Susan: Peter Frost was an organizational psychologist who suffered from cancer and his experiences led him to start thinking about exactly this. Organizations are a collection of human beings. Human beings, as we know from every single wisdom tradition, all suffer in some way, as part of being human, and yet we don’t create organizations that are designed to name it, let alone to accommodate it. He asked what would happen if we started to do that.
Peter and his colleagues started doing studies around this, and they found really fascinating examples, like [one from] a billing department at a hospital. This particular billing department had such a compassionate workplace culture, beyond any degree you could imagine. Everything from dealing with their colleagues’ illnesses to just people who’d had a bad day, they had this culture where everybody would mobilize around it and really express support, and they had a 2% turnover rate, which was was lower than any other bill department in this industry. We tend to think of this as soft, squishy stuff, but it’s absolutely about bottom line.
Emily: There’s another study focusing on hospital cleaners and the study found that the hospital cleaners are interacting with people all day long, whether it’s the patients or the doctors or the nurses, and that the quality of those interactions really affects how they view themselves and how they view the work that they do. For example, so many hospital cleaners talked about how they’d be mopping, cleaning up, and that doctors would walk right through the work that they were doing, or if they were coming through with their big cleaning carts, that people would stand in the way and never move. The cleaners said, “This makes me feel like I’m invisible, and like the work that I do doesn’t matter.” Research tells us that when people feel that way, they’re going to be less motivated to do that work.
The positive side is that these cleaners also told stories about moments when there was a real sense of connection—simple things like the nurses inviting them to a potluck lunch or a doctor noticing one of the cleaners bent over in pain, saying, “Hey, is everything okay?” and then following up a couple weeks later, asking “Did you ever get that stomach issue resolved?” Those experiences lit the cleaners up, and really made them feel more motivated, helped them be more productive and engaged with the work that they were doing. They weren’t just cleaners, they were part of this bigger team that was there to help people heal.
It’s these little acts that can make a big difference in how people view themselves and the sense of their work and if we put the time in to practice compassion and kindness, it engages our employees in ways that we might not even recognize.
Susan: So what advice, then, would you give to somebody who’s thinking, “Huh, am I doing a good enough job walking the talk here?”
Emily: There are two things that I’ve found really powerful, as I’ve been talking to different businesses and people about meaning. One, for people to get together and talk about a moment in their work when they really felt like what they were doing was really meaningful. What was going on, what were they doing, and what can we learn from that? If we share these stories, can we each connect to our work more deeply?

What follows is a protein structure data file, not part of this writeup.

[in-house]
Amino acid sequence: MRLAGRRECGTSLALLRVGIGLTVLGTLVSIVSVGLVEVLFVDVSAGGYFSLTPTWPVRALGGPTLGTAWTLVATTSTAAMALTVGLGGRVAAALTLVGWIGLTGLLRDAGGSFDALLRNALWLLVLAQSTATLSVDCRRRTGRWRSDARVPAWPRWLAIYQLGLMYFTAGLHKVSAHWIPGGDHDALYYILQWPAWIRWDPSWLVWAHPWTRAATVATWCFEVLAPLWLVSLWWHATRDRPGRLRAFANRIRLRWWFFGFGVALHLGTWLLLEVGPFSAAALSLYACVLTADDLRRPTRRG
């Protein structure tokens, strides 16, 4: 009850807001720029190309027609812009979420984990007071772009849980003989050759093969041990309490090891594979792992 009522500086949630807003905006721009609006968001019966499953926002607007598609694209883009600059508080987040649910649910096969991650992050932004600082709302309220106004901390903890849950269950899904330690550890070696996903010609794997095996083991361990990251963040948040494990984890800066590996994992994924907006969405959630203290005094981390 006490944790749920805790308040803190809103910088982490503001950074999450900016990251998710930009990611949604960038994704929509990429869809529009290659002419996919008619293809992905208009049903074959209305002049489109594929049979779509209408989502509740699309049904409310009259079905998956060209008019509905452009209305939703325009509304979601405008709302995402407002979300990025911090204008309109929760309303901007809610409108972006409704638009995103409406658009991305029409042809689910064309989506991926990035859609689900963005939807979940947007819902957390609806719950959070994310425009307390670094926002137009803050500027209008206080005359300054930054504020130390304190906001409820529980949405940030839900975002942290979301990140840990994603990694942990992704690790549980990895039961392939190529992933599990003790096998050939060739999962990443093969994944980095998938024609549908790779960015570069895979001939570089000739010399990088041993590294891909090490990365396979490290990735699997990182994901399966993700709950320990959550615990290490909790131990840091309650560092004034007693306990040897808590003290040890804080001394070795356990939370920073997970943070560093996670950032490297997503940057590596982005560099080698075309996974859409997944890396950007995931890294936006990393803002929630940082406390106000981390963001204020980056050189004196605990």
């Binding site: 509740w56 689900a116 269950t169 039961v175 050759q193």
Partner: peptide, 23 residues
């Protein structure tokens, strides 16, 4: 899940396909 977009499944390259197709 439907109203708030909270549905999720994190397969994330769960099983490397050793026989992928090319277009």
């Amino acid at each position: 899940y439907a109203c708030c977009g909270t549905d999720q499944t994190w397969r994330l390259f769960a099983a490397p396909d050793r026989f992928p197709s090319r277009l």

The other thing is talking about those moments when things didn’t feel so meaningful, where we were struggling, where there was an emptiness, where we were wondering, “Does what I do here matter?” I think we all struggle with this question. Even if you’re working at the most meaningful nonprofit in the world, at a certain point, you wonder, “Am I really making a difference here, the difference that I want to be making?”
For the leaders to step up and share stories where they struggled would be really powerful for the entire culture and the entire community. Then the employees know, “It’s okay that I’m struggling right now, and that’s part of living a meaningful life and doing meaningful work. It’s not always easy, it’s not always going to feel rich and fulfilling, but ultimately, I can move through this and still be working towards that larger purpose that we’re all here to serve.”
Susan: What do you say to a leader who has legitimate concerns about being too upfront with their struggles? We also know from the research that people do judge each other based on how competent they appear. Does it undercut your competence if you’re going around talking about all the different things that we all struggle with.
Emily: I think that you don’t want to be in a situation where you’re confessing everything that ever went wrong in your career. One of the great things about good stories is that there are lessons to be drawn from them, so select your stories carefully. Don’t just talk about the struggle and that’s it, but add what you learned from the struggle. What helped you get through it? We don’t want to hear stories of struggle alone, we want to hear stories of struggles that are overcome, and us moving through them in a positive way, because we want lessons for ourselves.